7 of South China's Most Dangerous Animals

By Matthew Bossons, August 3, 2018

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Aside from crazy driving, food scandals and cancer-causing chemical pollution, what else could you possibly have to worry about living in South China? The answer: several extraordinary members of the animal kingdom.

Below we’ve rounded up seven of South China’s most dangerous creatures – although we’d like to note that most encounters are unlikely to result in bodily harm.  

In fact, humans are far more of a danger to these creatures than they are to us. So, before you squash that centipede under your shoe, remember that you have a better chance of getting squashed by a rogue taxi than dying from bug venom.

1. Chinese Bird Spider

Image via @adamandtheeightleggedbeauties/Instagram

Credited with being one of the most venomous spiders in China, this is not an animal you want to encounter while stomping through the bush.

A hyper aggressive species of Old-World tarantula, the Chinese bird spider captures its prey by emerging unexpectedly from dirt burrows to attack and poison its victims. Despite its name, the spider predominantly preys on insects and small rodents, which are dispatched quickly by the species’ strong venom.

The Chinese bird spider is found throughout southern China and parts of Vietnam.

If you are unfortunate enough to have one of these large, eight-legged predators poke its fangs into you, make haste to the nearest hospital – or prepare for severe nerve damage.

2. Chinese Cobra

Image via Wikimedia

Being attacked by a Chinese cobra is not something you want to experience.

If bitten, you could expect a darkening of the bite wound, swelling, pain, blisters and necrosis, as well as slightly more minor (but also shitty) issues such as a sore throat, fever and lockjaw. Ultimately, a bite from a Chinese cobra could prove fatal.

Chinese cobras are found in South China, Hong Kong, Taiwan and parts of northern Laos and Vietnam, according to A Field Guide to the Venomous Land Snakes of Hong Kong.

Since it's considered a vulnerable species (in terms of known numbers), your chances of running into a Chinese cobra are relatively slim (particularly if your daily routine sees you walking from home to work and back). That being said, between 1904 and 1938 there were 593 recorded cases of envenomation in Taiwan, with 87 fatal cases – a 15 percent mortality rate.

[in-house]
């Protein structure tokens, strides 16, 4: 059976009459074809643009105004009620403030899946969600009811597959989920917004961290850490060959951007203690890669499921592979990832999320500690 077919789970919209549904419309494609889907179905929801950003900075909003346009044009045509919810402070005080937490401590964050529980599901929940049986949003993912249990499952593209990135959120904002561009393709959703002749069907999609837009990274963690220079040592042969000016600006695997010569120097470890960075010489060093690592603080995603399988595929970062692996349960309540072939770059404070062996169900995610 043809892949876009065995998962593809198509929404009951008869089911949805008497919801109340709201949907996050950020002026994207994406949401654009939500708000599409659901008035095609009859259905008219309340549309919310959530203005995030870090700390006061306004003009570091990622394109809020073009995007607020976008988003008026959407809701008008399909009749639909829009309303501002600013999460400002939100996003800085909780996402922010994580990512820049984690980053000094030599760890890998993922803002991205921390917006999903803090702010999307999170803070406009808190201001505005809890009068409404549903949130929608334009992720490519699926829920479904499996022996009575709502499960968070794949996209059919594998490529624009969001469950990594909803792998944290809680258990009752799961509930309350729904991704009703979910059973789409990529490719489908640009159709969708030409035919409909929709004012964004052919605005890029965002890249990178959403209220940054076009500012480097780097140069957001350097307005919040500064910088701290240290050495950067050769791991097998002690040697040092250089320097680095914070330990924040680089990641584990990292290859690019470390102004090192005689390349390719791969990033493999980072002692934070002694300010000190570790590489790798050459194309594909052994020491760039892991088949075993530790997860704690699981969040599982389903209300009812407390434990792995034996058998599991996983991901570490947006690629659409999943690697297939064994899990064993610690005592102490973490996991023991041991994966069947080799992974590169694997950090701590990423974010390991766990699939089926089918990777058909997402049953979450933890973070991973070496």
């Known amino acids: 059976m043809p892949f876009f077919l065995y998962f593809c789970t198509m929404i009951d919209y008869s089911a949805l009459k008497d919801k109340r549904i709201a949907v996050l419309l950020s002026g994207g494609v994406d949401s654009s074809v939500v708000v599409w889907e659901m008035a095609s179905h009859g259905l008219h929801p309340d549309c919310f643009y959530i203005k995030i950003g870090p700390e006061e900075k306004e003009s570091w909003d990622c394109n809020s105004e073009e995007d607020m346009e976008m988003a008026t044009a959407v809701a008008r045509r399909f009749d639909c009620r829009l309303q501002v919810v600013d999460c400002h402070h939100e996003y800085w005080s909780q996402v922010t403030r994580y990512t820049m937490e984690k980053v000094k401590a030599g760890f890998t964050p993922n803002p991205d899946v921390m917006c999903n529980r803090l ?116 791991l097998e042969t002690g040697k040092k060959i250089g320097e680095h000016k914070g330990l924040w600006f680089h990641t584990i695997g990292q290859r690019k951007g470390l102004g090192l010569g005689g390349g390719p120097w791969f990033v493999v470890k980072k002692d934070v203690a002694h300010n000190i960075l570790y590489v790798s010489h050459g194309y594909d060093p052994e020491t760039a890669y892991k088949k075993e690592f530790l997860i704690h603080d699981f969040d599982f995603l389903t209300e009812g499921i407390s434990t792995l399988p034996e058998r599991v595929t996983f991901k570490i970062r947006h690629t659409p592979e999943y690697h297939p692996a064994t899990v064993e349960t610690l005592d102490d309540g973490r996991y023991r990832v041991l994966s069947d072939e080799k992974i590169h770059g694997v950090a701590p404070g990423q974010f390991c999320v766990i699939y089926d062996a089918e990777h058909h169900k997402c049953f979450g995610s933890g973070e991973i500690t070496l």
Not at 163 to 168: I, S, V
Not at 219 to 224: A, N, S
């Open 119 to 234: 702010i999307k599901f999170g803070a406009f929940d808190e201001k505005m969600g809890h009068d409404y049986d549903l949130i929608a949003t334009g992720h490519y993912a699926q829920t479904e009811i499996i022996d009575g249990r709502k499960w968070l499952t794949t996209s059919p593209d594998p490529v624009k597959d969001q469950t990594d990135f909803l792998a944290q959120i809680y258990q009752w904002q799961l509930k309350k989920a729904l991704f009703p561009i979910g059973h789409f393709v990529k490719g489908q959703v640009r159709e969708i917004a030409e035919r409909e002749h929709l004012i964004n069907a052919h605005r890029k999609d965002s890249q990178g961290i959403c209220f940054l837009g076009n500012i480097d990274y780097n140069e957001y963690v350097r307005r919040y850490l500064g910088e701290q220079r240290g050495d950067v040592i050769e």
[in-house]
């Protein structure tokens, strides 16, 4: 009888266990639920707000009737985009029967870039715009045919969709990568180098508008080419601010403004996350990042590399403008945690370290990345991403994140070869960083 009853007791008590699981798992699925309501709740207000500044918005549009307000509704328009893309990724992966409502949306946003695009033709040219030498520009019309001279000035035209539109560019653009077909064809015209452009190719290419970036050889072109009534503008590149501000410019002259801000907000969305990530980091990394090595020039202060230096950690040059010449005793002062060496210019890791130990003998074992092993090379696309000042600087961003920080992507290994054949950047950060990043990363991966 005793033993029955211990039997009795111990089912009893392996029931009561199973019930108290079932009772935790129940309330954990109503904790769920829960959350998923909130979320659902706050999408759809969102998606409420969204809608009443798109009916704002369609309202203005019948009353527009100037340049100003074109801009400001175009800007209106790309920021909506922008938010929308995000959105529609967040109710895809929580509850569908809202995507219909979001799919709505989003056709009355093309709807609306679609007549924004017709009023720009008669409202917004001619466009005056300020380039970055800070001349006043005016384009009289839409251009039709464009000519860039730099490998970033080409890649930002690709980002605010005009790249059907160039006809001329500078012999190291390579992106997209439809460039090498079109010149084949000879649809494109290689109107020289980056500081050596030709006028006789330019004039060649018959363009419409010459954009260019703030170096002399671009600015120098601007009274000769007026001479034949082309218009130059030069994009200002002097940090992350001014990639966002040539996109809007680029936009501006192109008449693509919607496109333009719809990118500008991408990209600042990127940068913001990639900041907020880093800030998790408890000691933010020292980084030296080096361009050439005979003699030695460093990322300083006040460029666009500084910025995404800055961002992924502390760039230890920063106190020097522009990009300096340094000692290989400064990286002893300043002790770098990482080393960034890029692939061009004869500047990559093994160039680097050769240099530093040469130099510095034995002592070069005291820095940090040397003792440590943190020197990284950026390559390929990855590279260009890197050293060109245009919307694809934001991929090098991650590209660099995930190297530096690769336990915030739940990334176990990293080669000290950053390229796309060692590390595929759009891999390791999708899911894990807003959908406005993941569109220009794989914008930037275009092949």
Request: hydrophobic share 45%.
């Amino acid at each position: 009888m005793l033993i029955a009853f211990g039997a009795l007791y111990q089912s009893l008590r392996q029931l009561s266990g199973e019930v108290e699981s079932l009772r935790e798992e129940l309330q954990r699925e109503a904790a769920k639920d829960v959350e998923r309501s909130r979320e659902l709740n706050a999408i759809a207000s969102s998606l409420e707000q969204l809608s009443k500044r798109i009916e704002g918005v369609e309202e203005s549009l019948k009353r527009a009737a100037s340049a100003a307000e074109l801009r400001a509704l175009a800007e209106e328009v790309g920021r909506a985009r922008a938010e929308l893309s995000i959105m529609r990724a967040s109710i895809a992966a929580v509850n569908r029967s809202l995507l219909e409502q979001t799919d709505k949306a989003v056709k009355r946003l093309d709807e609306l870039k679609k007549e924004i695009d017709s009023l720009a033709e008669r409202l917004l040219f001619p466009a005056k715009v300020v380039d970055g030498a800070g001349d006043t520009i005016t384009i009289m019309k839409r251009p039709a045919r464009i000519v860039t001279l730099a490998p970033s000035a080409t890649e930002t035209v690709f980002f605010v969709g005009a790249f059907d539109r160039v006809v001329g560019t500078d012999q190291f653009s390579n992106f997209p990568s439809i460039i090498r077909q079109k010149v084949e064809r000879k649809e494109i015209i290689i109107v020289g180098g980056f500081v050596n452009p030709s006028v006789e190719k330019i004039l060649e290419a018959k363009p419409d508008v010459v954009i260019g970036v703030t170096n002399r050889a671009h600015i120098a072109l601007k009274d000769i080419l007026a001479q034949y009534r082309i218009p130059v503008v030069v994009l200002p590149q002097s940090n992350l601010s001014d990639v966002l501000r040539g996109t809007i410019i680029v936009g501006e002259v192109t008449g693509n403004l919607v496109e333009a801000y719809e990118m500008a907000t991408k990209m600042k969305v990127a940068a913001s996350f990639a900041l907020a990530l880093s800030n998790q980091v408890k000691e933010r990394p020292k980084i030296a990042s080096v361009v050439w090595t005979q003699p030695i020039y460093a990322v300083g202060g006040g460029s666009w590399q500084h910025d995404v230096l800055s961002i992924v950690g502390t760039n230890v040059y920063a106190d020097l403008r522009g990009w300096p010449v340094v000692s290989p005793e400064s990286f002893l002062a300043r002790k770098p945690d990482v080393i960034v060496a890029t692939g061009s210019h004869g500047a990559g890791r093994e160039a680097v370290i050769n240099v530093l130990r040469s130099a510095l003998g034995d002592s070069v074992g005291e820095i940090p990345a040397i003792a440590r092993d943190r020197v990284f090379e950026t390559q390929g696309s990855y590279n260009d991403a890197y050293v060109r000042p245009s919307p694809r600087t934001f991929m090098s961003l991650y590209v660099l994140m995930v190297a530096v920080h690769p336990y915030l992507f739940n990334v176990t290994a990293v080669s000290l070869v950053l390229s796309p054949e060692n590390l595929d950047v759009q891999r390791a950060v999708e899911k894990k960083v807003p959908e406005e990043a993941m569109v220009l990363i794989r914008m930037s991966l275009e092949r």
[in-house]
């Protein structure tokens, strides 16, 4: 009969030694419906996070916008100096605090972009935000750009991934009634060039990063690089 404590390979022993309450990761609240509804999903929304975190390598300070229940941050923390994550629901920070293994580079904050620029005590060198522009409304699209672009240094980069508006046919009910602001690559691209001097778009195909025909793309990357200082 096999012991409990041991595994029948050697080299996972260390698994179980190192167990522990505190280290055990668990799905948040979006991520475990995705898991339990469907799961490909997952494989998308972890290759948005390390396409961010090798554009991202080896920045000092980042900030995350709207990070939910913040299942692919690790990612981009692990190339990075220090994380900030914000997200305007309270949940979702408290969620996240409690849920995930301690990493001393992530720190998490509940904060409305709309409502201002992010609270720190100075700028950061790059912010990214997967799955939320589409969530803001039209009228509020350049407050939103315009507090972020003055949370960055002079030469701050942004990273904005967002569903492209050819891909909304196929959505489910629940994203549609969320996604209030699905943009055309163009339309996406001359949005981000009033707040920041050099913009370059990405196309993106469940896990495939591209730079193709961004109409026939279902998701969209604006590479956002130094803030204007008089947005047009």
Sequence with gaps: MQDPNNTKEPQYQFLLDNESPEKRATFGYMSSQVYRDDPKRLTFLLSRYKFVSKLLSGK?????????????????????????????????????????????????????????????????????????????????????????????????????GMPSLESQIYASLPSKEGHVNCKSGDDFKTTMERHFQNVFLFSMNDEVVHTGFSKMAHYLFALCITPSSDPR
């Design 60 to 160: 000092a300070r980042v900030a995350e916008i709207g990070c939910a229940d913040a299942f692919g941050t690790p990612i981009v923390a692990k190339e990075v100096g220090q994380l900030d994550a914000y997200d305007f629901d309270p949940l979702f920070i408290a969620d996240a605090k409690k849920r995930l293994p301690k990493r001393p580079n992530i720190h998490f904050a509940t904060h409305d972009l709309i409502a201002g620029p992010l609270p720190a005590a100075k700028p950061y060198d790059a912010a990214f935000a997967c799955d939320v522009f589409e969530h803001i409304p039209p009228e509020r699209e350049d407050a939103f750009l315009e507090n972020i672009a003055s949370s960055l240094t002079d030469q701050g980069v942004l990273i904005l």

Mortality rates are much lower than before, but a nonfatal bite would still suck.

READ MORE: Woman Bitten by Severed Cobra Head in South China

3. Chinese Red Head Centipede

The Chinese red head centipede.
Image via Wikimedia

If this large and aggressive species of centipede cozies up to your skin, prepare for extreme pain, severe swelling, fever and general weakness, according Dr. Robert Norris, professor of surgery and emergency medicine at the Stanford University Medical Center.

The species, also known as the giant centipede, jungle centipede, red headed centipede and Vietnamese centipede (among numerous other names), is also the only species credited as the apparent cause of human death.

The alleged fatality occurred in the Philippines, where a 7-year-old girl was bitten on her head. She lived just 29 hours after envenomation.

The chances of a healthy adult dying from a Chinese red head centipede bite are decidedly low: you will likely experience serious to extreme discomfort but eventually make a full recovery. However, if the bite victim is young, old, or lives with a chronic medical issue, they should definitely get to a hospital pronto.

Recently, researchers in Guangzhou discovered that the Chinese red head centipede can cause you great discomfort if eaten raw, as the species carries a nasty food-borne parasite known as